At that time, and in later years, I came to be influenced by Ayn Rand’s ideas in numerous ways, thanks in part to the fact that over the years between 1957 and her death in 1982, I had the opportunity of frequently meeting with her and speaking with her extensively about her writings. The influence of her philosophy extolling individual rights and the value of human life and reason appears repeatedly in my book and in numerous ways sets its intellectual tone.
The year and a half or more following my abandonment of the doctrine of competing governments turned out to be the most intellectually productive of my life, and to provide most of what is original in my book.
By this time, I had already completed all of the course work for a Ph.D., but I still had the written and oral exams and the dissertation in front of me. My original plan had been to go straight through for the Ph.D., in the shortest possible time. Now I found the prospect of the obstacles that still remained to be somewhat more daunting, and so I decided that it would be worthwhile to take a few months out and obtain an MBA degree. For this, all I needed to do was write an MBA thesis.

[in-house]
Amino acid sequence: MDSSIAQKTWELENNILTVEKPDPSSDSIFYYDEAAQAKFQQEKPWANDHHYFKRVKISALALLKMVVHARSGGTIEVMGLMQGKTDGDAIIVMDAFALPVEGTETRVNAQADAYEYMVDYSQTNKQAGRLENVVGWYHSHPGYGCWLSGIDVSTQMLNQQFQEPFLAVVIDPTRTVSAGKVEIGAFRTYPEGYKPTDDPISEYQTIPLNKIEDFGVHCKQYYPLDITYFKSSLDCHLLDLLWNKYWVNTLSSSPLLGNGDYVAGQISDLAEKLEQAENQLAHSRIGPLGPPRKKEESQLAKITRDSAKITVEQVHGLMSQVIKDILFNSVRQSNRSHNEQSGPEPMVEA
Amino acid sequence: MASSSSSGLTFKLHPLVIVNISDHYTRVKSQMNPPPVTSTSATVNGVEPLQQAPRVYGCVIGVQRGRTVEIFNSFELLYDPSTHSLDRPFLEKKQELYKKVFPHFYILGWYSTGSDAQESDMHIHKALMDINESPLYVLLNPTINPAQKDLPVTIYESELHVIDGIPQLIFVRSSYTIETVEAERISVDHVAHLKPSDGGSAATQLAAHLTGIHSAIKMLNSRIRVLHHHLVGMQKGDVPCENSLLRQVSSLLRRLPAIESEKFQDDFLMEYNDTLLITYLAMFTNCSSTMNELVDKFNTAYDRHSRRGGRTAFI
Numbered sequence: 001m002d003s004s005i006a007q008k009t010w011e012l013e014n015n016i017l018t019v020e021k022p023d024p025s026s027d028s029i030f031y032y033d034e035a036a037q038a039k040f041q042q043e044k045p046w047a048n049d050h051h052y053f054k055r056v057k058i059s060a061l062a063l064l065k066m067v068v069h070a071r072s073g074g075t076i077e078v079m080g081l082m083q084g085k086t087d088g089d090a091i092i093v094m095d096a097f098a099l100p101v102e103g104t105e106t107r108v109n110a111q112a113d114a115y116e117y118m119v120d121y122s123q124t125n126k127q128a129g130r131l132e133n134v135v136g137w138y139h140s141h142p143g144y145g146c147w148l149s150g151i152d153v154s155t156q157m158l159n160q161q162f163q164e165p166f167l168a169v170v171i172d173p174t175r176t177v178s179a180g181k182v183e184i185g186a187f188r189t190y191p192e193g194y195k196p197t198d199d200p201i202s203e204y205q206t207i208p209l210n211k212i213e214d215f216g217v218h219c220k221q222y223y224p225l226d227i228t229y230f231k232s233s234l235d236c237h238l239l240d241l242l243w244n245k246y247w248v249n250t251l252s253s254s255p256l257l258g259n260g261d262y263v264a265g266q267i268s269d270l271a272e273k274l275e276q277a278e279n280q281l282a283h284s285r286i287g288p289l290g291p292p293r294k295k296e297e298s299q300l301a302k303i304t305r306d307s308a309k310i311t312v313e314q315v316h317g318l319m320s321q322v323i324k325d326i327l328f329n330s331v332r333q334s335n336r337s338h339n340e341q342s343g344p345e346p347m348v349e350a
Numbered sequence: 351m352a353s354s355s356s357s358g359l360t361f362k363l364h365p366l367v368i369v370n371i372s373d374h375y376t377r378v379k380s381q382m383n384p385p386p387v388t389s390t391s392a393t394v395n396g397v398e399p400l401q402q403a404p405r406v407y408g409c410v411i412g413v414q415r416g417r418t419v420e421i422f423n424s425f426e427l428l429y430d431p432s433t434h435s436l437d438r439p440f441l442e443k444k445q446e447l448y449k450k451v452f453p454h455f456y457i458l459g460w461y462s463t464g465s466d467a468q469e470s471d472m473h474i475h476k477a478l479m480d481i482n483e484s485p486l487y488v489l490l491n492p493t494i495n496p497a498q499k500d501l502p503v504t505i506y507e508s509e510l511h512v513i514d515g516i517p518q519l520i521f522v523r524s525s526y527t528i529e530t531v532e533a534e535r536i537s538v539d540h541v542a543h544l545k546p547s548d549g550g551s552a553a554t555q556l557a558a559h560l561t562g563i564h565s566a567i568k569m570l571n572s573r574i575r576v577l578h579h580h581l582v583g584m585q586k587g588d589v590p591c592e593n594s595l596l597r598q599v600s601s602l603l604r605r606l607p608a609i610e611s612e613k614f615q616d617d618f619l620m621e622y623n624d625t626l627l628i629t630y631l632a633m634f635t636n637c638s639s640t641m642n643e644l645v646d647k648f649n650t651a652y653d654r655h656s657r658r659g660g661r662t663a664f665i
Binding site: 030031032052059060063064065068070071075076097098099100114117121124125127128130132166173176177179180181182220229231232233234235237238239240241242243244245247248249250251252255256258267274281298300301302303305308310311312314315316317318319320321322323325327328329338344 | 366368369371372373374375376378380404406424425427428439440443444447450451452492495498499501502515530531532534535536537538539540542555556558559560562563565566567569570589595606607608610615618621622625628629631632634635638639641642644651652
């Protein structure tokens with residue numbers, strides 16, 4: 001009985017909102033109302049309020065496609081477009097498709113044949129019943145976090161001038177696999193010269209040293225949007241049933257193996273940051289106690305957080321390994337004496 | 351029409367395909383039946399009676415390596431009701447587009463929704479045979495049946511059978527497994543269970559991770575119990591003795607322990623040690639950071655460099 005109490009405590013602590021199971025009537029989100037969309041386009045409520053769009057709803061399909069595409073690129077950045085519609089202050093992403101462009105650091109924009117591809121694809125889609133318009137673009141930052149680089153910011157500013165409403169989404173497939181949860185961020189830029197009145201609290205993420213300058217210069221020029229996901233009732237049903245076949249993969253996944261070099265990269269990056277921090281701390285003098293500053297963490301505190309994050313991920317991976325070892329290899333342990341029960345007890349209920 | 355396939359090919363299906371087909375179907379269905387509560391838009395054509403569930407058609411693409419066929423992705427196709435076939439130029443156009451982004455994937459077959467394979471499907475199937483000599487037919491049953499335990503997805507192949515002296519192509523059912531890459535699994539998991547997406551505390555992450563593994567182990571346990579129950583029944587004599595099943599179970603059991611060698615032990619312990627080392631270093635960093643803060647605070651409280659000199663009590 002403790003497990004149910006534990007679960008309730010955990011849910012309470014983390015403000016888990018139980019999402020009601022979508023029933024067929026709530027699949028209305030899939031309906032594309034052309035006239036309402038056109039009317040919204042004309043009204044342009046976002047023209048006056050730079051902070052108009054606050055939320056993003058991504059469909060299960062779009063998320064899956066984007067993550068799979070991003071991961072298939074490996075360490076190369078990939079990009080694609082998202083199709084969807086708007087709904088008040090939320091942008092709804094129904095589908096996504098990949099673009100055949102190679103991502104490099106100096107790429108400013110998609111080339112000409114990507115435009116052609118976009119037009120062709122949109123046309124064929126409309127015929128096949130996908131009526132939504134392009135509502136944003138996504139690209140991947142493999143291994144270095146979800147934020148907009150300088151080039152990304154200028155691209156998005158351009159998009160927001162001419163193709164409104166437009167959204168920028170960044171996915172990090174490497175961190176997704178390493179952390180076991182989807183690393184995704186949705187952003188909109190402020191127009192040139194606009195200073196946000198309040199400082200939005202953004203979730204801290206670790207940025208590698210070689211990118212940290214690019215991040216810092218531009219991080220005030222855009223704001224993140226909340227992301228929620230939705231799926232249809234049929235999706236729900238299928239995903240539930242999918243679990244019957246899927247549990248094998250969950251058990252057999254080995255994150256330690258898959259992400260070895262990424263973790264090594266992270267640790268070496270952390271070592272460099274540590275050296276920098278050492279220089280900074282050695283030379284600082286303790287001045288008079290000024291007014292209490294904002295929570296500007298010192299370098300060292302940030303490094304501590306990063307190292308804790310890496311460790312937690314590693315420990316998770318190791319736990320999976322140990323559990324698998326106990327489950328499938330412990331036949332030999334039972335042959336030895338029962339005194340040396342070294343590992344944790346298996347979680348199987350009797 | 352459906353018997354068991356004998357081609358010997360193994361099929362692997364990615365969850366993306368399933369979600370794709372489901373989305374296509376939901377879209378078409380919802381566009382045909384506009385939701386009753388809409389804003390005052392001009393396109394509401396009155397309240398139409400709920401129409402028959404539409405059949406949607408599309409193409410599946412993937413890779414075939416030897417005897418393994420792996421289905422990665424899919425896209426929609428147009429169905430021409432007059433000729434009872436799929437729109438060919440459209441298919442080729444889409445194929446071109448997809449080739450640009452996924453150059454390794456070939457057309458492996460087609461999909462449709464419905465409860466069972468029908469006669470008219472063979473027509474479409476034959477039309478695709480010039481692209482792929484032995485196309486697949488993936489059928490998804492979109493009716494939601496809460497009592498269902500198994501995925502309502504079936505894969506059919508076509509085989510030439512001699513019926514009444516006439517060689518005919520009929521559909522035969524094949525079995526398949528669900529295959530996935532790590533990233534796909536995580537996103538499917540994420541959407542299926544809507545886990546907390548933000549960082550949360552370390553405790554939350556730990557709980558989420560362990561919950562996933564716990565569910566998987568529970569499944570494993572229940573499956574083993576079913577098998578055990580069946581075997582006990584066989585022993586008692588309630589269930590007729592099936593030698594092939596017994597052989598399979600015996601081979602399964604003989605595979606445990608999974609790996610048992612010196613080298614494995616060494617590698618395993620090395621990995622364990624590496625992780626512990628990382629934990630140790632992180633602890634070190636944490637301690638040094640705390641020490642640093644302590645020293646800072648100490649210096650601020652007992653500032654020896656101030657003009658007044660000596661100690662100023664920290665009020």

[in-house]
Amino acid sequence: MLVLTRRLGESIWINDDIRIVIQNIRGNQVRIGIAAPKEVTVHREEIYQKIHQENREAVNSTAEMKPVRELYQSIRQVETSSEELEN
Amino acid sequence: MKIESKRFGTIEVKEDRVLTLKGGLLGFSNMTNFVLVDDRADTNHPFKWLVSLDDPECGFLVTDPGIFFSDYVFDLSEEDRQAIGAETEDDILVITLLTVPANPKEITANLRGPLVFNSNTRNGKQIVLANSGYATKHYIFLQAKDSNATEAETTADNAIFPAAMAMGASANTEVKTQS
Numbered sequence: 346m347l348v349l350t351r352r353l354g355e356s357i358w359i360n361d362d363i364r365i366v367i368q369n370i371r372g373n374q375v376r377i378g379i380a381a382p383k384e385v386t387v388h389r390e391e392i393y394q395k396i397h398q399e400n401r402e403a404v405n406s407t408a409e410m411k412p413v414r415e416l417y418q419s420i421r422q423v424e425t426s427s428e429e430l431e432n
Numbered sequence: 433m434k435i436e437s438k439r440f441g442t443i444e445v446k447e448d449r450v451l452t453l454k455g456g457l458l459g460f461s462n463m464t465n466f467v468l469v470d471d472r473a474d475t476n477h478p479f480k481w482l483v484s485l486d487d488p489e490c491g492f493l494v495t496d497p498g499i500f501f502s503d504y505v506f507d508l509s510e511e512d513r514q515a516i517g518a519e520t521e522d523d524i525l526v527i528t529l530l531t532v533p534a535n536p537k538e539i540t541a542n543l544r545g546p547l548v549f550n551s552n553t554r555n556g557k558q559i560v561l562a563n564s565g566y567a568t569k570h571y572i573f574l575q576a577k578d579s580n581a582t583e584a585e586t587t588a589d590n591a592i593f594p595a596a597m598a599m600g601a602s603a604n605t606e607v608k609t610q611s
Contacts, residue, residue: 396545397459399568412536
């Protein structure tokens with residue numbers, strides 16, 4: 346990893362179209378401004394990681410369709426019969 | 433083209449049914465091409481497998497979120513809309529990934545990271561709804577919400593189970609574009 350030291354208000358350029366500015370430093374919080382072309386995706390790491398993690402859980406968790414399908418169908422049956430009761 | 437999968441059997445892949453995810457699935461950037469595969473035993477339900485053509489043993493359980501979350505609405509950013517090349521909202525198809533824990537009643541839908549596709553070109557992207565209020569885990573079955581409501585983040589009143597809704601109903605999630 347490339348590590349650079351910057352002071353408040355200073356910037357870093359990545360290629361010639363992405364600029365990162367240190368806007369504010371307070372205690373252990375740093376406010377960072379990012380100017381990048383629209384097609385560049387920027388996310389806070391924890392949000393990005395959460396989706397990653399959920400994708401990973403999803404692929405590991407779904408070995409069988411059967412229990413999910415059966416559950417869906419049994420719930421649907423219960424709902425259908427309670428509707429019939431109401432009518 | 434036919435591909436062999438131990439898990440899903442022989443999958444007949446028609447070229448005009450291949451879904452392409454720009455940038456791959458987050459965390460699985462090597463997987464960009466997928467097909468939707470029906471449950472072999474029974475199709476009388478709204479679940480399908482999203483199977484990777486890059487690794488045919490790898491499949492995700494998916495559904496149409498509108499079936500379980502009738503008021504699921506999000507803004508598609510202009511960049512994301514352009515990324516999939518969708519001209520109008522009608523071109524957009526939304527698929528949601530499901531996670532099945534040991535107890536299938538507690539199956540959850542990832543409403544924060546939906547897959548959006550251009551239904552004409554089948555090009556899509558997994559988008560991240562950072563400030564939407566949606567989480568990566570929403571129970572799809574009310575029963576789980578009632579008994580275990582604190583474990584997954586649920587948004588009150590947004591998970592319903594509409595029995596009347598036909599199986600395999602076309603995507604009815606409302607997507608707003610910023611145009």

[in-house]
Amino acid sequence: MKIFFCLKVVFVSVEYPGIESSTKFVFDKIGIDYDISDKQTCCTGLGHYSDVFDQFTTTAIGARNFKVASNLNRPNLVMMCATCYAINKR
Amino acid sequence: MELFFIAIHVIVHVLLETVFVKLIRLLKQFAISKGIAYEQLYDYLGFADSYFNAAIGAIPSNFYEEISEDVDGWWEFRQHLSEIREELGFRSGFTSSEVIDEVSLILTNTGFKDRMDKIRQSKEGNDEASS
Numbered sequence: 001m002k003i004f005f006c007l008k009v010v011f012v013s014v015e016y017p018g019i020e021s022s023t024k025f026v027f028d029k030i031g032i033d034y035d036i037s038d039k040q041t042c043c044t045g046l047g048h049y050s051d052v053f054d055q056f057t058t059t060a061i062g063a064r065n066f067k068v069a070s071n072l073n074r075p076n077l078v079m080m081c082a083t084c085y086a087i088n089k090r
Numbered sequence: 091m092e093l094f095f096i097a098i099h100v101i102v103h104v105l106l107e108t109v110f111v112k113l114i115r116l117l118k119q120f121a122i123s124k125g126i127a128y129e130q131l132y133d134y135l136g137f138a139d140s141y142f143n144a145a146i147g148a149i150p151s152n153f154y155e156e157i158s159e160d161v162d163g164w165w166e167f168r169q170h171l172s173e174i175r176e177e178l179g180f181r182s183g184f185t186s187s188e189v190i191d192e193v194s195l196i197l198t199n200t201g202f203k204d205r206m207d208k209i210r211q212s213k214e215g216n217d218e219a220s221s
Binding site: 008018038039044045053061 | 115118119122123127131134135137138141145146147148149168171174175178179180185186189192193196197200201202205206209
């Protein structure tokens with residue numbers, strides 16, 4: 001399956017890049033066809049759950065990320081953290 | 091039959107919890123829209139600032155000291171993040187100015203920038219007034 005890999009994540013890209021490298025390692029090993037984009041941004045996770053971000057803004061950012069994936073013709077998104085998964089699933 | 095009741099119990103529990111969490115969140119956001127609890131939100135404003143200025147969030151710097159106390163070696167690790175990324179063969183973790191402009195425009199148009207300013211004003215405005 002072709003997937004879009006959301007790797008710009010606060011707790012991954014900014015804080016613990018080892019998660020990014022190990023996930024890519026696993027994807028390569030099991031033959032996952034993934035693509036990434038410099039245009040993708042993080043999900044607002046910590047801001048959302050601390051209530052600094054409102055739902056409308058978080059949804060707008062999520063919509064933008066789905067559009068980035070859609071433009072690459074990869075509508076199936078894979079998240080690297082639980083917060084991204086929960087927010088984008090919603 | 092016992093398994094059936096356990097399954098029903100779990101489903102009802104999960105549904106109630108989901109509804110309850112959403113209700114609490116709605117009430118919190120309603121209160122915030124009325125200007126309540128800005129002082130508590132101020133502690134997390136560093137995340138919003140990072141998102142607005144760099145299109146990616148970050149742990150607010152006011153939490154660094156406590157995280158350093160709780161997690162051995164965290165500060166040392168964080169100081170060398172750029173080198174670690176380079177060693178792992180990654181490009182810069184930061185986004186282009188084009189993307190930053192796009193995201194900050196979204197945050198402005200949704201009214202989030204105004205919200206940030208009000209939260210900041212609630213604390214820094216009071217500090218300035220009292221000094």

I decided to choose a topic that would require that I read only "good people" — i.e., sound authors. I had come to the conclusion that because the efforts of proto-Keynesians, such as Malthus and Sismondi, had been decisively defeated by the classical economists in the early nineteenth century, and because nothing like the pure-and-perfect-competition doctrine had ever even arisen in the nineteenth century, when classical economics was in vogue, there must have been something in classical economics that served to refute or thoroughly preclude such doctrines in the first place, and thus that I should turn to it once again as a source of knowledge. The thesis topic I chose was The Classical Economists and the Austrians on Value and Costs. This topic required that I read extensively in Menger, Böhm-Bawerk, and Wieser for the Austrian views, and not only in Smith and Ricardo, but also in James Mill, Say, McCulloch, Senior, and J.S. Mill, for the views of classical economics.